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(It is simply a question of justice – did the police do the right things? Image source: The Nut Graph)

Kugan may just be one of the many Indians who unfortunately found themselves at the wrong end of the police – read the details here [compiled from 1998]

Reading through the list, some of reported deaths in the past look very familiar to the one surrounding Kugan:-

Francis Nathan (1999) – Police tell father that cause of death was HIV, but father reports bruising and lacerations on the body and face. Death certificate states meningitis as cause of death.

L. Yoges Rao (2003) – He was then taken into a locked room from where his sister said she
heard sounds of assaults and cries of pain. About half an hour later he was brought out, vomiting blood. He died the next day. Despite evidence of abuse on Yoges’ body, the burial permit said he had died of a stomach ulcer

Ravichandran Ramayah (2004) – The deceased then could only walk with the help of family members, causing the magistrate to order that he be brought to a hospital for medical attention. However, the police instead took the deceased to the Penang Prison, where he eventually died. State Police Chief Deputy Commissioner Othman Talib said that no wrongdoing had been committed on the part of the police. He said that a post-mortem showed that Ravichandran died from natural causes and there were no signs of physical abuse or assault.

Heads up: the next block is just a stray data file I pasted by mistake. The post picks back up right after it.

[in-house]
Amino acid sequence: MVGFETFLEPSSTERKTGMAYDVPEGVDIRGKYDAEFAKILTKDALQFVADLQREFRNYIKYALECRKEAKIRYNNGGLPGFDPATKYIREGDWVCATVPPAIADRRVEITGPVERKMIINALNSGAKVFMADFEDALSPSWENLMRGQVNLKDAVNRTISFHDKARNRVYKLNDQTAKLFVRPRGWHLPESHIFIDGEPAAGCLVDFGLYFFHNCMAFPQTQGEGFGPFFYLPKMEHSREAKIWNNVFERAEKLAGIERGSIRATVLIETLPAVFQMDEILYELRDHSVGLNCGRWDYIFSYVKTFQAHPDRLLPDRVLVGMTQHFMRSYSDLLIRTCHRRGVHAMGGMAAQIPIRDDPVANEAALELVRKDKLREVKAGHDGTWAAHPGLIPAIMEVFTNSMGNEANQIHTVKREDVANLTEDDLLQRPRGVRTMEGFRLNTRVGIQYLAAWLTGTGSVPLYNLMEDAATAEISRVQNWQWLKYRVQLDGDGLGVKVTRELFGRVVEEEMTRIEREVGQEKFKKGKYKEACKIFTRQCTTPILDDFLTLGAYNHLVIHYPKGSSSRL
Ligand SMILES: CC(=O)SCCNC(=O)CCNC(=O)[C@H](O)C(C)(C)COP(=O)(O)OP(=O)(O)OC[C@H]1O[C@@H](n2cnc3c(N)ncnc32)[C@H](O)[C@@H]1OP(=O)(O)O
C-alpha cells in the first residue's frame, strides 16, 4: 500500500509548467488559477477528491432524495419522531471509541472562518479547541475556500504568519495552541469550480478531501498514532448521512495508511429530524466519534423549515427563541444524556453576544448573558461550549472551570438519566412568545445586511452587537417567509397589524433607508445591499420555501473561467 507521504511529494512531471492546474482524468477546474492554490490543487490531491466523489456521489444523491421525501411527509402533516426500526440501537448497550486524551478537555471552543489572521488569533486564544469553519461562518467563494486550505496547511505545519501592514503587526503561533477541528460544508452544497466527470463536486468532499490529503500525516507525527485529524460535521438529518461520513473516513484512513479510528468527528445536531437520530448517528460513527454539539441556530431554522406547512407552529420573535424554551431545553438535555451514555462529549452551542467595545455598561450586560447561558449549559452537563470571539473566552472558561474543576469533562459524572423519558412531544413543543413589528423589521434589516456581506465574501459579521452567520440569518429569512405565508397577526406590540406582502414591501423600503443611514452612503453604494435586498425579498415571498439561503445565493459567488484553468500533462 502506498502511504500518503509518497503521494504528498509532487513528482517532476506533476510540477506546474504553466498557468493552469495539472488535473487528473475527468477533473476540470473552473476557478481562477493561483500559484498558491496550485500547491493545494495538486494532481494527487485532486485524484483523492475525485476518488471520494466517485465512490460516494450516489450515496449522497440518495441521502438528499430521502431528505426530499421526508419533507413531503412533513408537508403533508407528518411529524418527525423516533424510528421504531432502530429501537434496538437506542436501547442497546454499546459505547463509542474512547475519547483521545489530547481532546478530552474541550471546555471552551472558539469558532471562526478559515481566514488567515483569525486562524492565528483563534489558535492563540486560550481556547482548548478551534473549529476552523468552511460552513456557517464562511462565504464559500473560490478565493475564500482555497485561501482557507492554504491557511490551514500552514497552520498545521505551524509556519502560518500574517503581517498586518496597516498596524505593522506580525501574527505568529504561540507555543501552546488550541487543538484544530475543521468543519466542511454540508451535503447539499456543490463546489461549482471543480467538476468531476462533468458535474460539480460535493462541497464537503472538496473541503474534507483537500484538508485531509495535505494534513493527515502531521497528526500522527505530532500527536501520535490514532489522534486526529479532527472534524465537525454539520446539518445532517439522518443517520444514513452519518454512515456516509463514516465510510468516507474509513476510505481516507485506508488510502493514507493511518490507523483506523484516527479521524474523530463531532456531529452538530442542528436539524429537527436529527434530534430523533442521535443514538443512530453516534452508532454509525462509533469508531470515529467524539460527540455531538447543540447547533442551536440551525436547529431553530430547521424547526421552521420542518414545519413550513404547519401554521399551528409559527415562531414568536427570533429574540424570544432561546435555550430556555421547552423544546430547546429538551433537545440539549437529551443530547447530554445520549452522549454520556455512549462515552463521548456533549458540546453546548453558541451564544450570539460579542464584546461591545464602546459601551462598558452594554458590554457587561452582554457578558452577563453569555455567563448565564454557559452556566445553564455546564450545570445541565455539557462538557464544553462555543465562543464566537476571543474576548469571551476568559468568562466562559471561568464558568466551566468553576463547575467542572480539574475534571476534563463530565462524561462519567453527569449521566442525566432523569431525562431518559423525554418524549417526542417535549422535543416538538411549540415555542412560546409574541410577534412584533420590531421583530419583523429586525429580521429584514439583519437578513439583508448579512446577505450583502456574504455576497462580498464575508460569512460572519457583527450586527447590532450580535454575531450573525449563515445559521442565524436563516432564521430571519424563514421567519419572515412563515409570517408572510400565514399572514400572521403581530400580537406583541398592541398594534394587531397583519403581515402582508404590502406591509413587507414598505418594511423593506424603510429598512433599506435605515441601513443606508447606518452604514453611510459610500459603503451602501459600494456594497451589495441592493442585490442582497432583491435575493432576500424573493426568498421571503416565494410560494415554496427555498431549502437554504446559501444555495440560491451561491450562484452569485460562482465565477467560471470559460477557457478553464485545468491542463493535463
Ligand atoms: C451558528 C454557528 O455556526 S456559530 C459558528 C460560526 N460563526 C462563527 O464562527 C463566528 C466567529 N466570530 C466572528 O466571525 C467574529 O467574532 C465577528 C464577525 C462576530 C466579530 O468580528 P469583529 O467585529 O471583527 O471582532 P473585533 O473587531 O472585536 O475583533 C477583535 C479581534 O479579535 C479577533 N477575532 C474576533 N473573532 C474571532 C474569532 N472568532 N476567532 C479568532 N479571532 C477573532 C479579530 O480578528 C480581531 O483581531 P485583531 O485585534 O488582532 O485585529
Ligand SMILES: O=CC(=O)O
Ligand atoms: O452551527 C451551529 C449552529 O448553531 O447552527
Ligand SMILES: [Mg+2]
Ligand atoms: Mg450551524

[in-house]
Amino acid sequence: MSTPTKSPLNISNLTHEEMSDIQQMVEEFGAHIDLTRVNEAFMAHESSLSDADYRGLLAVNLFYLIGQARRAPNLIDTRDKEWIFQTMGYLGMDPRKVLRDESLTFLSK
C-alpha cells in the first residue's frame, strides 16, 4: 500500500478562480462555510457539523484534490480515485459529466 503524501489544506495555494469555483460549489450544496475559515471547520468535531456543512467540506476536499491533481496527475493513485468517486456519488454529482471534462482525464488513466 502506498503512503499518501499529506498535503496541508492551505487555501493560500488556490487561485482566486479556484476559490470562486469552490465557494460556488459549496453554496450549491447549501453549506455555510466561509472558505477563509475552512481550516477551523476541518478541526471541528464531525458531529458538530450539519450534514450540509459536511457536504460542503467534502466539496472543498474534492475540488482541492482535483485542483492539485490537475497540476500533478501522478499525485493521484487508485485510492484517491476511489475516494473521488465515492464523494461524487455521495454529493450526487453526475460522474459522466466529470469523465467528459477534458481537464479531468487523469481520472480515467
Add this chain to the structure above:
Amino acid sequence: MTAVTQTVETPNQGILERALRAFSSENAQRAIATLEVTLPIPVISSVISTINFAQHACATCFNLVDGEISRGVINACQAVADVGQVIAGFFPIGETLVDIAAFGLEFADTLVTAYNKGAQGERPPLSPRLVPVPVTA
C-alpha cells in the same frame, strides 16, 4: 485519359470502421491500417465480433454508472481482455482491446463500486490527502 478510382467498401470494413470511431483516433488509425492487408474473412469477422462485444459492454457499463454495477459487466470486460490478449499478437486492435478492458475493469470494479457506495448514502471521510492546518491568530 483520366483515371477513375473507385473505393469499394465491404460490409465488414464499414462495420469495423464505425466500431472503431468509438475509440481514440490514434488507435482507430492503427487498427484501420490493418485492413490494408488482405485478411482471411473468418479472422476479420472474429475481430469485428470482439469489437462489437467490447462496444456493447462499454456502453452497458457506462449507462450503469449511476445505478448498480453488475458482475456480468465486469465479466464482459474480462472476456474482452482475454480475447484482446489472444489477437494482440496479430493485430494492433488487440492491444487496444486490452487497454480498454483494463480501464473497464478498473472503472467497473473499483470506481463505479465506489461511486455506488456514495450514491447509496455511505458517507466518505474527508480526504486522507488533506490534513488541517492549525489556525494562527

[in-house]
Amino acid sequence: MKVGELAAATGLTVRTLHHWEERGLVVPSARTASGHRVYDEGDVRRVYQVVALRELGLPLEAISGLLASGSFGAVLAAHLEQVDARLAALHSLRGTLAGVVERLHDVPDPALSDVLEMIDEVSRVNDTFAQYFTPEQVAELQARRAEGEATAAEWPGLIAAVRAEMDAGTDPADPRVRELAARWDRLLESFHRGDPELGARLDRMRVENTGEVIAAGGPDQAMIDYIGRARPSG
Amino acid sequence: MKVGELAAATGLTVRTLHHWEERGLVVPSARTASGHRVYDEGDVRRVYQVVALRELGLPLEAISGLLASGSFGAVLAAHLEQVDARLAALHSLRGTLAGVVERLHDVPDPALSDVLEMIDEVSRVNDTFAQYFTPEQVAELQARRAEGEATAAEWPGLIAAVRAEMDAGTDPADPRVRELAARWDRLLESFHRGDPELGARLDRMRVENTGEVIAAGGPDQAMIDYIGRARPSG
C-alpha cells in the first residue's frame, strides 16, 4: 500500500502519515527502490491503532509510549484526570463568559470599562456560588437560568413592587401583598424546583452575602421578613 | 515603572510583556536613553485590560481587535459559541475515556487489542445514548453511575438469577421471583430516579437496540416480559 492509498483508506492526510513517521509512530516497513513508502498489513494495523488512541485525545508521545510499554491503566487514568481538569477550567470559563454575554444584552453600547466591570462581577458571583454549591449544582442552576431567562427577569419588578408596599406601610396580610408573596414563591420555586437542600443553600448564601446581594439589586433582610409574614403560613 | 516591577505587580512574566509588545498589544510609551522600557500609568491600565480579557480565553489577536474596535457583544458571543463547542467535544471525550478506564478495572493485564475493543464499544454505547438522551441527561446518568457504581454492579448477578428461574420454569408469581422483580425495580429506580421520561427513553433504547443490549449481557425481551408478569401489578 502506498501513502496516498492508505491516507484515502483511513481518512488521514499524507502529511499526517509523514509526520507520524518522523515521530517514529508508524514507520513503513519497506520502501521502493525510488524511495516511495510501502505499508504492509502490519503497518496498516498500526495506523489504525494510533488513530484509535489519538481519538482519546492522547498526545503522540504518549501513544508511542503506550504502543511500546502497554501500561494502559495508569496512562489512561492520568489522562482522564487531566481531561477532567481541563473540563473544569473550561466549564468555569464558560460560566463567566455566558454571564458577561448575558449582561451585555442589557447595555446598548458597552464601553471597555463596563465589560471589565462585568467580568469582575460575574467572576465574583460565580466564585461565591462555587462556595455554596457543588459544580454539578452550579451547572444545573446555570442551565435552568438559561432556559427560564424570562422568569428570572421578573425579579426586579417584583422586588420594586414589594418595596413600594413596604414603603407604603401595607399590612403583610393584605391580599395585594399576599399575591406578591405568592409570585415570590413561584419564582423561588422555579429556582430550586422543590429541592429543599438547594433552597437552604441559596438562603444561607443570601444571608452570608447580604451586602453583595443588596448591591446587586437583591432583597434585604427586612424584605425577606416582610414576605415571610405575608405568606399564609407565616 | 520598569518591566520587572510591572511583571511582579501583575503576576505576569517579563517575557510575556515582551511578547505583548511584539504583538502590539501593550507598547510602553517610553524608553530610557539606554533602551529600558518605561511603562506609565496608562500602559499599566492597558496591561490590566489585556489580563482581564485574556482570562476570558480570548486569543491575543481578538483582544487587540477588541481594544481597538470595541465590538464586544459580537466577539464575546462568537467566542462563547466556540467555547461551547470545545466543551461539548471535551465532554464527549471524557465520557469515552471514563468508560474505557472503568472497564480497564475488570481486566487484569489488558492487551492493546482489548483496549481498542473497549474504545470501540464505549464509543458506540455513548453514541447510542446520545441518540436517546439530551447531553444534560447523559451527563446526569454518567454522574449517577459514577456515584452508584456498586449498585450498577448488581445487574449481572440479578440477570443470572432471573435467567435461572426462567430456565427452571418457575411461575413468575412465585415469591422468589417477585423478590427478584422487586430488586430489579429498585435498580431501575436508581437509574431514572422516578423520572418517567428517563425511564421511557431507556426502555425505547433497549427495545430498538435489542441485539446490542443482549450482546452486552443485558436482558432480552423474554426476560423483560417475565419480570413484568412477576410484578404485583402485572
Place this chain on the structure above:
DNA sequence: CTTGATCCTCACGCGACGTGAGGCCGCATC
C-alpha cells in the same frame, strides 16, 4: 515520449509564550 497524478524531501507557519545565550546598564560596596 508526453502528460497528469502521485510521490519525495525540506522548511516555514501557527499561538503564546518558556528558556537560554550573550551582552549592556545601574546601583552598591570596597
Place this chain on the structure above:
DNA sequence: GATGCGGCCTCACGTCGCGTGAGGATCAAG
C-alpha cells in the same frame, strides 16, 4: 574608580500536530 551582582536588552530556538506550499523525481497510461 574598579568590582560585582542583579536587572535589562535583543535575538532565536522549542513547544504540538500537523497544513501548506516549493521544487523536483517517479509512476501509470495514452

If the public and the politicians voiced out their disapproval on the methods that the police used, Kugan may still be alive today. Nothing came out in 1999, 2003 and 2004.

Further there have been serious allegations that family members have been kept in the dark even on the arrests and false criminal allegations cooked up to “justify” the police’s actions (what if Kugan was not involved in the car theft but was in the wrong place at the wrong time? Many of the victims’ relatives seems to think so)

(“Bugger, behave!” More meat to the opposition politicians these days! Image source:

But in 2008 onwards, with MIC and their big brothers in BN have experienced Hindraf and the political tsunami, real change may be instituted against the police and its procedures.

With a stronger voice (more meat to the opposition politicial parties and NGOs) and a push for a fairer treatment from the police, the pressure is certainly building on whether the police will still be allowed to be lawless when it comes to lock up and interrogations procedures (if there is such procedure, then the steps to enforce the adherence of it)

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